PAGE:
When someone dies, there’s usually a degree of mourning that occurs, even if the deceased wasn’t the most pleasant or tolerable person. When the dead body in the first episode of the Apple TV+ series Bad Sisters is introduced as “The Prick,” it becomes immediately apparent that there were far more people rooting for his demise than shedding a tear at his death. This bitingly funny and furiously intriguing darkly comic British series gradually unfurls multiple mysteries simultaneously, exploring the specifics of how the dead man met his end and exactly how involved his widow’s four sisters were in helping him along to it.
If there was any question about whether the nickname given by his sisters-in-law to John Paul (Claes Bang, The Square) was appropriate, each episode introduces more ammunition to show just how much he went out of his way to be despicable and downright evil in every situation. From a callous crack to the infertile Eva (Sharon Horgan) about how she might be about to announce that she was pregnant to putting his number into another contact’s in Ursula’s (Eva Birthistle) phone to get her to unwittingly send him incriminating photos, John Paul, also called JP, fully earns his other moniker. There are no limits to what he will do to ruin the lives of those he perceives as a threat, and he targets his wife’s sisters because they can tell what kind of person he is, something Grace (Anne-Marie Duff) is blind to or at the very least hopeless to combat. He should hardly be surprised that there are any number of suspects in his untimely death.
Though this show is based on a decade-old Flemish series, Clan, it’s easy to see the signature imprint of its star and co-creator Horgan, best known for Catastrophe. There is a pitch-black humor in the sisters’ repeated attempts to off JP, and there are also genuinely hilarious moments that come from their interactions and also their conversations with others. When Tom (Brian Gleeson, Frank of Ireland) and Matt (Daryl McCormack, Good Luck to You, Leo Grande), half-brothers charged with paying out the life insurance policy JP had, come to question Eva, she startles Tom by telling him that she thought the only slightly younger Matt was his son. It’s not the mixup he expects since the different colors of the brothers’ skin perplexes most, and her absurd comment represents a clear attempt to rile him up and distract from the fact that there most certainly was foul play in the death of her not-so-dearly-departed brother-in-law.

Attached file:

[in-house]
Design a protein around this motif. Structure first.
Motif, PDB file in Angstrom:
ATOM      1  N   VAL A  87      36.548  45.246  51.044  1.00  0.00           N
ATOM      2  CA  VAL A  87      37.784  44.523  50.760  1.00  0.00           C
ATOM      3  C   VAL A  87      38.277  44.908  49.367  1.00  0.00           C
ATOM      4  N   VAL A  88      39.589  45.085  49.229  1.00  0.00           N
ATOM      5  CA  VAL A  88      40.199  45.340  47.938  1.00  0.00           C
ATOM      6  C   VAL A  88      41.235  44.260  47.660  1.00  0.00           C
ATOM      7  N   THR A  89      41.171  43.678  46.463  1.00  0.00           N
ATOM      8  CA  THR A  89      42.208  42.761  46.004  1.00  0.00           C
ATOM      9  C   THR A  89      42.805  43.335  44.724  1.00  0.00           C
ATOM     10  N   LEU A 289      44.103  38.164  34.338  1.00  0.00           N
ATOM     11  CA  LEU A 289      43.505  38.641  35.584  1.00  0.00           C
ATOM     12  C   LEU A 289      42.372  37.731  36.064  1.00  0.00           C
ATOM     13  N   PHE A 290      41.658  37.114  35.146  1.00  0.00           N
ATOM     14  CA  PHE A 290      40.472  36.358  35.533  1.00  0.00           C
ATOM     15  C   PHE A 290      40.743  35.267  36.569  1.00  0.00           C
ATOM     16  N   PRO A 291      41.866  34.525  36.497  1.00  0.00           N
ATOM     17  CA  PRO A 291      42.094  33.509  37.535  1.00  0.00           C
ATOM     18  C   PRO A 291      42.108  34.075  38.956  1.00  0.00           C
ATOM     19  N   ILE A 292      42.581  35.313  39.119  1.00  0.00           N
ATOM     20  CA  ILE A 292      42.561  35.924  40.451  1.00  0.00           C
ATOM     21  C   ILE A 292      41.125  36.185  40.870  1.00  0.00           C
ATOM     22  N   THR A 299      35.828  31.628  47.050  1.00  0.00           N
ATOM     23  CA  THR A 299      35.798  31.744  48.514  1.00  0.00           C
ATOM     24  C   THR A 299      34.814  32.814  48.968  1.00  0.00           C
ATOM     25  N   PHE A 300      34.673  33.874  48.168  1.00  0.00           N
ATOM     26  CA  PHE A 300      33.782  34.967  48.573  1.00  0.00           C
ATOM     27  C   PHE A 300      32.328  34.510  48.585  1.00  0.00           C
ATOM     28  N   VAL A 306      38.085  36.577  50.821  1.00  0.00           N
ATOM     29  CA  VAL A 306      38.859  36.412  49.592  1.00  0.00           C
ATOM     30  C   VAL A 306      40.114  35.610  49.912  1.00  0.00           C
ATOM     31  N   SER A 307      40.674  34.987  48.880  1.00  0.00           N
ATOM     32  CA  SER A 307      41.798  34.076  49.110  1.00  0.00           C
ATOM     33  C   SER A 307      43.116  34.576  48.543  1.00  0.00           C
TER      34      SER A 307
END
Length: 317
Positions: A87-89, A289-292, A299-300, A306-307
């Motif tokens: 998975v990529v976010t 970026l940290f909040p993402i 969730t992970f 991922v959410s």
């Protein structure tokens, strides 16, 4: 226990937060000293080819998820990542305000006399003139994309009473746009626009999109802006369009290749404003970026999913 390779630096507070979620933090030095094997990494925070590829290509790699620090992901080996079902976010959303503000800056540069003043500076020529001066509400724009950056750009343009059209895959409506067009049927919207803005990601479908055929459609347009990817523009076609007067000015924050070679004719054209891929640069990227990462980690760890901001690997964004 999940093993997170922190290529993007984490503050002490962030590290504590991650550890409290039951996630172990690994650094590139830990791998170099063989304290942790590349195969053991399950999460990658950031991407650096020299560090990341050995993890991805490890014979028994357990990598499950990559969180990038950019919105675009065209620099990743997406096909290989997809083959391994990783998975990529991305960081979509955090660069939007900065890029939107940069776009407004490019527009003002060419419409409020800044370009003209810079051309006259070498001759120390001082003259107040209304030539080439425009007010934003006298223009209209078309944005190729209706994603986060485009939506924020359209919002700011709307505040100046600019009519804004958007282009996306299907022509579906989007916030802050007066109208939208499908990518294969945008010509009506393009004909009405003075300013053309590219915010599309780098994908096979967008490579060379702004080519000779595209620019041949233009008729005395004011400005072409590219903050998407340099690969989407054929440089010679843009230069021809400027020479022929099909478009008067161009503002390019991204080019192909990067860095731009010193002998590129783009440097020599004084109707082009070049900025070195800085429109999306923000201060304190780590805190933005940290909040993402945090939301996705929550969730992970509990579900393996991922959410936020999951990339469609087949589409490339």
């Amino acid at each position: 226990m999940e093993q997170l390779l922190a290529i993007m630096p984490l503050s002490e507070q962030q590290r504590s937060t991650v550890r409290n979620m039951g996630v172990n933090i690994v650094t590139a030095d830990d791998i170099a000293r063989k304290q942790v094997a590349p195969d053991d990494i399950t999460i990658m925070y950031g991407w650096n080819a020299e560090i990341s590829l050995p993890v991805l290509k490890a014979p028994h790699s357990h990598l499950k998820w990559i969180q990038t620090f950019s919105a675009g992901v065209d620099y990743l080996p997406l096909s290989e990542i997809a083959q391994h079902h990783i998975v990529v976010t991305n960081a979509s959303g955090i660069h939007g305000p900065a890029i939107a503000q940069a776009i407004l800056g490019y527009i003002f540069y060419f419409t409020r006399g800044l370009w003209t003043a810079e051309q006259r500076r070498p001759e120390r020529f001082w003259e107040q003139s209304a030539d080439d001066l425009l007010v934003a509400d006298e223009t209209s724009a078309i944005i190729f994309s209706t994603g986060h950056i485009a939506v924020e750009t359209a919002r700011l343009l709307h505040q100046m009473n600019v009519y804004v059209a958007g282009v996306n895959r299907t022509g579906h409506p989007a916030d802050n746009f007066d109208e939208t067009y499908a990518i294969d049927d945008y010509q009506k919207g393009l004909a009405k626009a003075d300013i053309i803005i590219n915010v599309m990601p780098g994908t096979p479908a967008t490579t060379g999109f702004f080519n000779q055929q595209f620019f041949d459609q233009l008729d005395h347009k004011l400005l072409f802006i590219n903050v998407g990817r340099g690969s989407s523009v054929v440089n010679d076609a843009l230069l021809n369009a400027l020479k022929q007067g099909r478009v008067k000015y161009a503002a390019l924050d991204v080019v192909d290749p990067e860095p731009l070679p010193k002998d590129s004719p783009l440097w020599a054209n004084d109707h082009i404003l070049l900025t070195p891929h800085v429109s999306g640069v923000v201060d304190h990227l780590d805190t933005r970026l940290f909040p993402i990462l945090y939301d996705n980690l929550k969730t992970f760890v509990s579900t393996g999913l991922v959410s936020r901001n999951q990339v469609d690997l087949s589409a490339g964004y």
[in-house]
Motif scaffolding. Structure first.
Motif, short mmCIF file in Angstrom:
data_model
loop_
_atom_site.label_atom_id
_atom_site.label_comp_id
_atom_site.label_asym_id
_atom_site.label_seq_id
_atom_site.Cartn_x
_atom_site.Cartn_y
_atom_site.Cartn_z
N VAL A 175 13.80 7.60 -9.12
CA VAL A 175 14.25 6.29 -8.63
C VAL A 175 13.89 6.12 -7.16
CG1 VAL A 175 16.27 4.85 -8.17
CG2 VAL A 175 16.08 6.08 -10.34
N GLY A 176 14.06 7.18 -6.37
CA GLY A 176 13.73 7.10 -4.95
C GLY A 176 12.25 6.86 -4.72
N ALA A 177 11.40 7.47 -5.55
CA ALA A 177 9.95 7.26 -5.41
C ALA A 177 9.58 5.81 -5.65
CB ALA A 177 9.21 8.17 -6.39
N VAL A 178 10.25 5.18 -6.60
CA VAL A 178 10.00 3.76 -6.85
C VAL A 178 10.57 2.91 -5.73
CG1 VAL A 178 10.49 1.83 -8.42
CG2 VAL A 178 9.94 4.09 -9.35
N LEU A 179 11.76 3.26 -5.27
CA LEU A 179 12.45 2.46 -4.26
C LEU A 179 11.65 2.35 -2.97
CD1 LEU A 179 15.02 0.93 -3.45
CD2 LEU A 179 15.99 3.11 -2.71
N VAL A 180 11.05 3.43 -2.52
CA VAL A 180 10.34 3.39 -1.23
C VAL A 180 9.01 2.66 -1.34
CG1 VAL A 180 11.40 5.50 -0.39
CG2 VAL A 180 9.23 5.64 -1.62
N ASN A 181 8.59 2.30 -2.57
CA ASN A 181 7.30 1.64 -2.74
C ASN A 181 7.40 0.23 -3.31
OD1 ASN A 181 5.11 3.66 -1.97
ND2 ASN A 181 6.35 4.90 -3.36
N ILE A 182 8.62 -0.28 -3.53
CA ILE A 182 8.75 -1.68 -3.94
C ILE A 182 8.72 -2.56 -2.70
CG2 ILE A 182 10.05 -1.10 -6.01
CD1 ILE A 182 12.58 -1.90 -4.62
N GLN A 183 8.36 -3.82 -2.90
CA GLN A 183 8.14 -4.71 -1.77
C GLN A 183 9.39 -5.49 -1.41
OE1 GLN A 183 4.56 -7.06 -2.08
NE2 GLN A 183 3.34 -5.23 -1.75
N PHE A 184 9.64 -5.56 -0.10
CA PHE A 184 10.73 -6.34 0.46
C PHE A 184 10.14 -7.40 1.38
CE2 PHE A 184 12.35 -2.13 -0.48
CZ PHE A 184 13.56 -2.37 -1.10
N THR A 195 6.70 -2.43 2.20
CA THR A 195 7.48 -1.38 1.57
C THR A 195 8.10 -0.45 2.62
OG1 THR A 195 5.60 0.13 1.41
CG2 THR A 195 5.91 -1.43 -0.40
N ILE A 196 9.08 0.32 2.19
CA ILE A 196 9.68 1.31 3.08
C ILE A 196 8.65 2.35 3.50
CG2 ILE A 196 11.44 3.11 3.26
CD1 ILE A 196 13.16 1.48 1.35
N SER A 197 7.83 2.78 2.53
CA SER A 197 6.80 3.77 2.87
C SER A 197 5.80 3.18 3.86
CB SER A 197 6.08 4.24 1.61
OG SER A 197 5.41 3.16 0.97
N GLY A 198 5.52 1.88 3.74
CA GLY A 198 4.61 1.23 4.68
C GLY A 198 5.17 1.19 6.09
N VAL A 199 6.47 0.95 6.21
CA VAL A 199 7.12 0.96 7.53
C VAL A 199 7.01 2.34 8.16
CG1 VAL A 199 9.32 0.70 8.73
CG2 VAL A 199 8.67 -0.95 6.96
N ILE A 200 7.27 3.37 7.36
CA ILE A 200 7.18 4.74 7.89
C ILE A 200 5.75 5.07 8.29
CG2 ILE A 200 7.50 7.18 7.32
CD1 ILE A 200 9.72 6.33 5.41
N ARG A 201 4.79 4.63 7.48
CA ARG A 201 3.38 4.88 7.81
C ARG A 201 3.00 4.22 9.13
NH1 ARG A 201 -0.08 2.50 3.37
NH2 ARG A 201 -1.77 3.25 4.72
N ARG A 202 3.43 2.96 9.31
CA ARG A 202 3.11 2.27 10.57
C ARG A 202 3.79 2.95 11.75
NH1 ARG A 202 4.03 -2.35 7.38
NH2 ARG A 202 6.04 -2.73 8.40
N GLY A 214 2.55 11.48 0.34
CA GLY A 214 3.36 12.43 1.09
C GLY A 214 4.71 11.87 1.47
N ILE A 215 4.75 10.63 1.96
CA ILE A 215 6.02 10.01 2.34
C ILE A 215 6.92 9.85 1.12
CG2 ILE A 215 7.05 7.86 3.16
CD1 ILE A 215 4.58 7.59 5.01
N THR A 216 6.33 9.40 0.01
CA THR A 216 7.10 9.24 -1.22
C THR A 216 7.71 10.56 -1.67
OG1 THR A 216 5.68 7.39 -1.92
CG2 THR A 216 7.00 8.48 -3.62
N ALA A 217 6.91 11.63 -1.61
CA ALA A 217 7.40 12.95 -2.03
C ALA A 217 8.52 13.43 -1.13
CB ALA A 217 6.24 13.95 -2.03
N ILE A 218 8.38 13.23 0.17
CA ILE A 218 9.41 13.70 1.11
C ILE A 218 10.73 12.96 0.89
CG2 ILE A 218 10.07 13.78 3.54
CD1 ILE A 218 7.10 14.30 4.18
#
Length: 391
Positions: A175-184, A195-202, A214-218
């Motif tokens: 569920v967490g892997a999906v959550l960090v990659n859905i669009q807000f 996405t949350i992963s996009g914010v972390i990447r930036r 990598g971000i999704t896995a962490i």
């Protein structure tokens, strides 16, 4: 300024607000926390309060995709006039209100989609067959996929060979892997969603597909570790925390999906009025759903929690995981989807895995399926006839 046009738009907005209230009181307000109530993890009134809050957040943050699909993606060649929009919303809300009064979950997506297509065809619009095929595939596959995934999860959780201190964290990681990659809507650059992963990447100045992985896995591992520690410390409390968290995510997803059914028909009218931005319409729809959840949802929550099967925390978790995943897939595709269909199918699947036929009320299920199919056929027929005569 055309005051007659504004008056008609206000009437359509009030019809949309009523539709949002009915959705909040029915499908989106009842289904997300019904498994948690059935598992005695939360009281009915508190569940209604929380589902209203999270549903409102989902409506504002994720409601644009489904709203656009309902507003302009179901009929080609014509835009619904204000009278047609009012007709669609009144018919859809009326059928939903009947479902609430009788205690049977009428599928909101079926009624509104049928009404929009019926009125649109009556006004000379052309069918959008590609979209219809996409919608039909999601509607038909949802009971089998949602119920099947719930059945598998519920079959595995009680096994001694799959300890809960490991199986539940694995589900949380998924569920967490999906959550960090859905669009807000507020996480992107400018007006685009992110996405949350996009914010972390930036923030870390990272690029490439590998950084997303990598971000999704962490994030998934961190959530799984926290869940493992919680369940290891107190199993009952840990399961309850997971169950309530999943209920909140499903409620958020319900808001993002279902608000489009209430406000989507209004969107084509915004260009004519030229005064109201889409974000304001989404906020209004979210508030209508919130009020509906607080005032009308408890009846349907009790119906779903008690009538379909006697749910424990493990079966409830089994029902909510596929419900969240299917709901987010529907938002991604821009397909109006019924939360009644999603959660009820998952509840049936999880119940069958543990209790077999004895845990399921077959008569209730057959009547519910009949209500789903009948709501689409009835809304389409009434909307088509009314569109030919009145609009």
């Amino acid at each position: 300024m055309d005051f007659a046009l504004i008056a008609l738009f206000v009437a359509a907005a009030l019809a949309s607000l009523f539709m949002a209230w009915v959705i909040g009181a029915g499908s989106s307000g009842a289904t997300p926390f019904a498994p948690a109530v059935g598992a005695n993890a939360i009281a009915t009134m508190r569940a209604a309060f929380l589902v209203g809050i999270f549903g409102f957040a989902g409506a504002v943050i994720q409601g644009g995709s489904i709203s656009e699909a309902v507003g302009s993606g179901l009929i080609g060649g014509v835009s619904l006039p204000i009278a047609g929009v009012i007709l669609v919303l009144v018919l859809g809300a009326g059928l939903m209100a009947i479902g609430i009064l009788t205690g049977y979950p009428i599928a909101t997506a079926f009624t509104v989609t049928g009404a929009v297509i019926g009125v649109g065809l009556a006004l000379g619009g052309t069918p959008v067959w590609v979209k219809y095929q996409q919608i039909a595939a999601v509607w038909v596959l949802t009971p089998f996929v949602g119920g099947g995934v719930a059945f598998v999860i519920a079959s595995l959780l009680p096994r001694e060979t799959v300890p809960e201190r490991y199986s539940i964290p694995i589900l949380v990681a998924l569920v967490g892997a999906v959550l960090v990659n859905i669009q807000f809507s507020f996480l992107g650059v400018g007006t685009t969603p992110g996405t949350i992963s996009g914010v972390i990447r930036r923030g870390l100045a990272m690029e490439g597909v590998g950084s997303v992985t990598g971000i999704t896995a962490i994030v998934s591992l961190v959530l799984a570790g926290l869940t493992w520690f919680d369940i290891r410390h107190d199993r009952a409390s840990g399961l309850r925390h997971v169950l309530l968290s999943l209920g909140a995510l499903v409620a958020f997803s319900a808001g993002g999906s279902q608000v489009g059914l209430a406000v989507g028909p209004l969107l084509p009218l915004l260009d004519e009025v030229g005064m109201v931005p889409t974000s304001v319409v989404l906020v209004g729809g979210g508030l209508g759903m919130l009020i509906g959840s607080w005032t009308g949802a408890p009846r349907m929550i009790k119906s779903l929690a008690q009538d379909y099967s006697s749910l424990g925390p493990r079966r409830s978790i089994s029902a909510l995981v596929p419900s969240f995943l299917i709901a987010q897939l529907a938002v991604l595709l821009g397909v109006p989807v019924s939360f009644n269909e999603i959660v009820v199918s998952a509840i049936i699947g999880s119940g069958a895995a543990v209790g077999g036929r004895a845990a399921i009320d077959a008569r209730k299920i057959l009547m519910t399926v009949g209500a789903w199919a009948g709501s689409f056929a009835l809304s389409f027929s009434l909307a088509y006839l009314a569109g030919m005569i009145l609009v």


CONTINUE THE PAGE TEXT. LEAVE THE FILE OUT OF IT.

Bad Sisters manages to be extremely compelling because it invests in all of its characters and gives them rich backstories. Tom’s wife is pregnant and he is determined to prove that the policy shouldn’t be paid out because his late father’s death has left the business in ruins, and he and Matt both had their own complicated relationships with him. Matt and Becka meet after JP’s funeral without any idea of who the other is, and the romance that ensues is riveting since they are both unable to detach their feelings from what Matt is trying to discover and Becka is trying to hide, as well as the stern disapproval from all their siblings. But they’re human, unable to dismiss a weakness even if they’re well aware of its existence, and they’re genuinely attracted to each other.
Horgan is a recognizable talent, and anyone passingly familiar with British and Irish cinema and television will be astounded by the other names alongside her in the ensemble . Sarah Greene (Roadkill, The Dublin Murders) is cutting and superb as the eyepatch-wearing Bibi, whose hatred for JP seems to outweigh her sisters’ from the start. Eva Birthistle (The Last Kingdom, The Bisexual) brings an intense vulnerability to Ursula, a nurse and mother having an affair with another man. Eve Hewson (Behind Her Eyes, The Luminaries) is witty, freewheeling, and intoxicating as Becka, egged on by others telling her she is young and foolish to do whatever she most wants. Anne-Marie Duff (Sex Education, Shameless) makes the long-suffering Grace, JP’s widow, a believable person whose inability to recognize the horrific nature of her situation is made coherent and sympathetic by her portrayal.
The dynamic of the Garvey sisters is captivating to watch, and this show smartly handles its multiple time periods, following the chain of events after JP’s death, including the insurance investigation and the build-up of guilt and secrecy, and flashing back to what made each sister want to kill him and how they conspired to do it. Elements of mystery interact well with absurd twists that make theoretically well-hatched plans go terribly awry. The main title theme, Leonard Cohen’s “Who By Fire,” illustrates the playful and unpredictable nature of this show, underscoring how someone who does enough to merit death will likely find it before their prescribed time. In the seven episodes out of a total ten that were provided to critics, Bad Sisters demonstrates that it has an absolutely invigorating story to tell in the most interesting and enjoyable way possible.
The first two episodes of Bad Sisters premiere on Friday, August 19 on Apple TV+ with one new episode dropping every Friday.